Remembering May 4th, 1970

(Circleville Herald, May 4, 2009)


This May 4th I will return again to my alma mater , Kent State University. 32 years ago I was arrested there with 192 others protesting Kent State’s decision to build a gym on the site on the May 4th 1970 fatal shootings of Jeffrey Miller, Allison Krause, William Schroeder and Sandra Scheuer, as well as the wounding of Dean Kahler, Alan Canfora, Joe Lewis, Robert Stamps, John Cleary, Tom Grace, Donald MacKenzie, Jim Russell, Doug Wrentmore. Since that time has Jim and Robert have died. When we are all gone, the experience of May 4th must not be forgotten.


This May 4th we shall ask ourselves what we have done with our lives, what have we done with the idealism we held in those days? Due in great part to the untiring efforts of Canfora, Stamps, Kahler and the students of the May 4th Task Force the university has now erected markers at the spots where Miller, Krause, Schroeder, Scheuer died in the Prentice hall parking lot, a hundred yards or more, downhill, from the Guardsmen’s M-1 rifles that killed them. A May 4th Memorial sculpture is now on site, as well as an Ohio Historical Society marker. A visitor/interpretive center in adjacent Taylor Hall, seen in the backdrop of so many photos of May 4th , is in progress.


It seemed to the 192 of us arrested 12 July 1977 that the university was trying to literally cover up the shootings with gymnasium concrete and brick. At that time there was only one small marker, a foot high, donated by a citizens group. Cars parked and dripped oil on the sites of Allison’s, Sandra’s, William’s death. Nixon had called us “bums” for opposing an immoral war. So many of the public thought it was about time we were shot, that more of us should have been killed. They told us so, taunting us through the tear gas later that Summer/Fall of 1977.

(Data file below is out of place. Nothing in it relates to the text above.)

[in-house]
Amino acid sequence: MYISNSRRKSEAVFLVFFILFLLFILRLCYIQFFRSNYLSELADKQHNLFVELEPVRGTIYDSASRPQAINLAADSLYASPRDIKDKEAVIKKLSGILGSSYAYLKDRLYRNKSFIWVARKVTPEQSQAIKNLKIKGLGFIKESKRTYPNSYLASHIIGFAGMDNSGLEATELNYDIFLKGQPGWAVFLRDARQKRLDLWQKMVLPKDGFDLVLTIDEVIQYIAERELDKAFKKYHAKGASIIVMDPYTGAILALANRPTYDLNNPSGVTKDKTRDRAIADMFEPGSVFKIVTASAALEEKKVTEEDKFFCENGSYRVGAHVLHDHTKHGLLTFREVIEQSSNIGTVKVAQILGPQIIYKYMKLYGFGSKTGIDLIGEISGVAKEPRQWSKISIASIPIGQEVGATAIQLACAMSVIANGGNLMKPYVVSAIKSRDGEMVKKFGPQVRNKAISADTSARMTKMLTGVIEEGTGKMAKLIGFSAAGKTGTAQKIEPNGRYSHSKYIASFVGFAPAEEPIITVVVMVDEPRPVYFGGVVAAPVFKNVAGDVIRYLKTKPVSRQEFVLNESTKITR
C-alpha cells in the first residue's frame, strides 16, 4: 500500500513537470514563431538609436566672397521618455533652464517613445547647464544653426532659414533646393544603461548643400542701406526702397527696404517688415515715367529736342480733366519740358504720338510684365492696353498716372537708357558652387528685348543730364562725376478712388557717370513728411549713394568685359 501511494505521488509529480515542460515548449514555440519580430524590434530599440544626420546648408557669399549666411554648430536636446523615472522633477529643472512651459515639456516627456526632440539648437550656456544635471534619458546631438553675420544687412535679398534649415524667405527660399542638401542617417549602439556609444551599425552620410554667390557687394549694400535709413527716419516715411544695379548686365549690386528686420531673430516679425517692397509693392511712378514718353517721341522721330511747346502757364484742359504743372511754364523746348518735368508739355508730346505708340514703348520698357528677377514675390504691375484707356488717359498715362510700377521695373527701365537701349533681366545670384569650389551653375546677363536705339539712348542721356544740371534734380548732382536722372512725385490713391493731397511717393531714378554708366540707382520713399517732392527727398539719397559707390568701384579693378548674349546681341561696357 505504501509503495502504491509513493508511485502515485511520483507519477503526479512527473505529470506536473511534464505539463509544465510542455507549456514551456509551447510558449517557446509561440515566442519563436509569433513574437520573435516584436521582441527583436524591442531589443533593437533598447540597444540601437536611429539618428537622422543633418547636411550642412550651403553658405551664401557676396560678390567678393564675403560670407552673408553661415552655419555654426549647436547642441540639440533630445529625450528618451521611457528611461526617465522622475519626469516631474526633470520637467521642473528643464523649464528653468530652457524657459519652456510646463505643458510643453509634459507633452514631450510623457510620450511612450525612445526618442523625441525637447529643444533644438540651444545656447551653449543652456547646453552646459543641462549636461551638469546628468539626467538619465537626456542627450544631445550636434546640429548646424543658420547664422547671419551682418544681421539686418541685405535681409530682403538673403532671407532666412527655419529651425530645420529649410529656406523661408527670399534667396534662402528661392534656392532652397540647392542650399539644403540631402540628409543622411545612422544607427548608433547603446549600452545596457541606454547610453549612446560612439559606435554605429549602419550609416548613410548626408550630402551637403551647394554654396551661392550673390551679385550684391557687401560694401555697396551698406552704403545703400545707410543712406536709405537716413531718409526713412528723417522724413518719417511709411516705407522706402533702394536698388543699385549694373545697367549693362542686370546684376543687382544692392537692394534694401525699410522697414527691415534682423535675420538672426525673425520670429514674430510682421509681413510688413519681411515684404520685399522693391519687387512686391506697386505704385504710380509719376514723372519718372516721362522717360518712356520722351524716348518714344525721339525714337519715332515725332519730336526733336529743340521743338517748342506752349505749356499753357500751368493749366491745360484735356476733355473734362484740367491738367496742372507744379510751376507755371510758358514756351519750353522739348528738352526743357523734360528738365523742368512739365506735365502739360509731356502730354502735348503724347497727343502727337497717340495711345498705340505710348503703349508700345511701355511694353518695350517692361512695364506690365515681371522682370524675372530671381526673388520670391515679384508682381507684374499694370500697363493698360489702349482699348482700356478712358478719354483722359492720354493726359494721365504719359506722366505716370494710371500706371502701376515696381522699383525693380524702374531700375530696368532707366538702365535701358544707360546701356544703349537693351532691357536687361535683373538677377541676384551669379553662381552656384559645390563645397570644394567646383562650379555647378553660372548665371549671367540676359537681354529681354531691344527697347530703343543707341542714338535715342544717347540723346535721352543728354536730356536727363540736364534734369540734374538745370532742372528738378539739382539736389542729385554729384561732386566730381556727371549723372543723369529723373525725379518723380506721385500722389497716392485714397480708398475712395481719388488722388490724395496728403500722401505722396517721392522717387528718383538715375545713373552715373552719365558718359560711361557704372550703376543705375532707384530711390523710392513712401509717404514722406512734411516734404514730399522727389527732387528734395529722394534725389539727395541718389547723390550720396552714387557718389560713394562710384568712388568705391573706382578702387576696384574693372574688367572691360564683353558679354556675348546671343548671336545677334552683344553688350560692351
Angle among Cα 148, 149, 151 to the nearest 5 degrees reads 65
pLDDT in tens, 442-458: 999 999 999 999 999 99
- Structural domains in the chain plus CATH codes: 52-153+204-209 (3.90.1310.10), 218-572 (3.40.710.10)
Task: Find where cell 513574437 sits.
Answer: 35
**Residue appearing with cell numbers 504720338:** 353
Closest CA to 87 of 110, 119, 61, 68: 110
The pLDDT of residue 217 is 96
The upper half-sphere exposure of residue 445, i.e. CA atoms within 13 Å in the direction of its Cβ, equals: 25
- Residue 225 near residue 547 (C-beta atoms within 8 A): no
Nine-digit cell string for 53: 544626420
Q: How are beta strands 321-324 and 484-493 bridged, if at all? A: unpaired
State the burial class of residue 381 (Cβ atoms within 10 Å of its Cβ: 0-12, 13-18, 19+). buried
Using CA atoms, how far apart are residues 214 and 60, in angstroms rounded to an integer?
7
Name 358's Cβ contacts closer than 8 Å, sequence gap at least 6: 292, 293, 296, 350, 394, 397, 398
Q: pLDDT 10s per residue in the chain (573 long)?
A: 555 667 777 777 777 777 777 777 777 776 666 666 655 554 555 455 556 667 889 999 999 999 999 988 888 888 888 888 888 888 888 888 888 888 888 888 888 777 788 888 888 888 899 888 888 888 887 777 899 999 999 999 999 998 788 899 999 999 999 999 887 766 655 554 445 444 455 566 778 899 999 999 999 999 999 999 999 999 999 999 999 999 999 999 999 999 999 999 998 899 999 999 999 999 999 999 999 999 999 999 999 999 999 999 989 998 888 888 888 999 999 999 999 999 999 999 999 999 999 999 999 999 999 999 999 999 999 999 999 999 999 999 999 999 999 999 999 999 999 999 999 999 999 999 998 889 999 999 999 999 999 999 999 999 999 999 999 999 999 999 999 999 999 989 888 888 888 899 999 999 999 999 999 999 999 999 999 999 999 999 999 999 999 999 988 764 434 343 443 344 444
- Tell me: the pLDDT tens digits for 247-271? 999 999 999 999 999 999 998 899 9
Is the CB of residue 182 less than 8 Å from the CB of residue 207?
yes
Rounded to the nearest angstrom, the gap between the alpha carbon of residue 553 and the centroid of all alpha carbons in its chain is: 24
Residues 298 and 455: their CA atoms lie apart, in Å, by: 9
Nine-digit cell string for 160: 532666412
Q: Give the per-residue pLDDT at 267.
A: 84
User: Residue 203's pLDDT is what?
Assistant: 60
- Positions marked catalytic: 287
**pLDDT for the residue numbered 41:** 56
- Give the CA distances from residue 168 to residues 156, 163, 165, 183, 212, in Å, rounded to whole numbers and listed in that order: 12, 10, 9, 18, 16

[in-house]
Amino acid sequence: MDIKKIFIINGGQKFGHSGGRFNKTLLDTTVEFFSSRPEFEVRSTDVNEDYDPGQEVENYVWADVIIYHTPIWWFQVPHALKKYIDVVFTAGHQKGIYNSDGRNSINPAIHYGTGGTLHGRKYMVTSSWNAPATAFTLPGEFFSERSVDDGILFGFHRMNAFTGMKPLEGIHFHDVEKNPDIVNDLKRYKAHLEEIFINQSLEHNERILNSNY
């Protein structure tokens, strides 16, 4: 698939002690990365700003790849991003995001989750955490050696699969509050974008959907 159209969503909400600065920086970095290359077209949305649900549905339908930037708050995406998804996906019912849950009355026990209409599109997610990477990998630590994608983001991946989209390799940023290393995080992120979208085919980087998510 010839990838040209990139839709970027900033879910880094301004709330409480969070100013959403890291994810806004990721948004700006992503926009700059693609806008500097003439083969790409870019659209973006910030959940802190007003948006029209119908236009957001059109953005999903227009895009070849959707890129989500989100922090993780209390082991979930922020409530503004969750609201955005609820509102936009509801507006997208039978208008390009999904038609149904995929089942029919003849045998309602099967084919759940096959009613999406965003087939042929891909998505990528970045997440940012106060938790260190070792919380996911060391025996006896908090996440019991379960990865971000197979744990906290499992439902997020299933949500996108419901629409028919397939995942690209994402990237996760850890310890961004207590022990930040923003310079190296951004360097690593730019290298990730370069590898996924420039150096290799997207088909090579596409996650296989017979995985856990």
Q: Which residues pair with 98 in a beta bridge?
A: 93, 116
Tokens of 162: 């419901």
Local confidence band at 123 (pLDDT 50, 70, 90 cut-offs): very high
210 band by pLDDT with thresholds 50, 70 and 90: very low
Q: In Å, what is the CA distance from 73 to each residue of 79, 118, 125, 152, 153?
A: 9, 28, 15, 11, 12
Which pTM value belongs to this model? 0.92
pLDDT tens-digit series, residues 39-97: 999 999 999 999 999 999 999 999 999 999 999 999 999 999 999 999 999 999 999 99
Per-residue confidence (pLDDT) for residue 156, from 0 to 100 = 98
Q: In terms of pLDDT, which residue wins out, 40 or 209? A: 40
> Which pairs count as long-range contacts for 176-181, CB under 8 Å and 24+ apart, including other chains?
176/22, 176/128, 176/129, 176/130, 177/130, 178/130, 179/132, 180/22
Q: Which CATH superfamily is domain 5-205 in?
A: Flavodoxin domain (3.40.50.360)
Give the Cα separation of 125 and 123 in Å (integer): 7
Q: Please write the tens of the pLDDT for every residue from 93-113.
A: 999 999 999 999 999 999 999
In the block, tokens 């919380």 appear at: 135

Many of the wounded on Blanket Hill May 4th as well as those arrested in 1977 have gone on to socially responsible careers: teacher, social worker, ACLU attorney, drug and alcohol counselor, water treatment plant operator. I became an EMT/Firefighter knowing that taking care of injured folks did not promote the inhumane values of leaders who brought us the Vietnam War and the May 4th shootings. 


1960s civil rights leader and student activist Mario Savio perhaps best voiced our concerns then:
“There’s a time when the operation of the machine becomes so odious, makes you so sick at heart, that you can’t take part, you can’t even passively take part, and you’ve got to put your bodies upon the gears and upon the wheels, upon the levers, upon all the apparatus, and you’ve got to make it stop!”


The un-Christian Iraq War is odious. The deaths of 5,000 Americans as well as the deaths of well over a million Iraqi and Afghanistani civilians are odious. Torture is odious. Palestinian children burned in Gaza with U.S.-supplied white phosphorus is odious. The redistribution of wealth upwards to the richest 5% , the impoverishment of the middle class under Republican “trickle down” economics is odious. Huge profit margins for the health insurance/pharmaceutical companies while one out of every six of our citizens is denied health care is odious.

The war makers, the corporate profiteers, and they are so often one and the same, have never voluntarily given up power. Dick Cheney’s Halliburton was handed billions of dollars of blood money. Dow Chemical profited greatly from napalm used to burn Vietnamese villages. From abolitionists who hid escaped slaves after the Supreme Court ruled that slaves where just chattel, like an escaped cow or sheep that had to forcibly returned to the slave owner, to 19th and 20th century labor strikers violently attacked by corporate goons spilling blood, to civil rights freedom riders to Iraq Veterans Against the War, our greatest patriots have been these righteous prophets who throw their bodies upon the machine. This is the lesson of May 4th, 1970.


Brad Cotton
Kent State Alumnus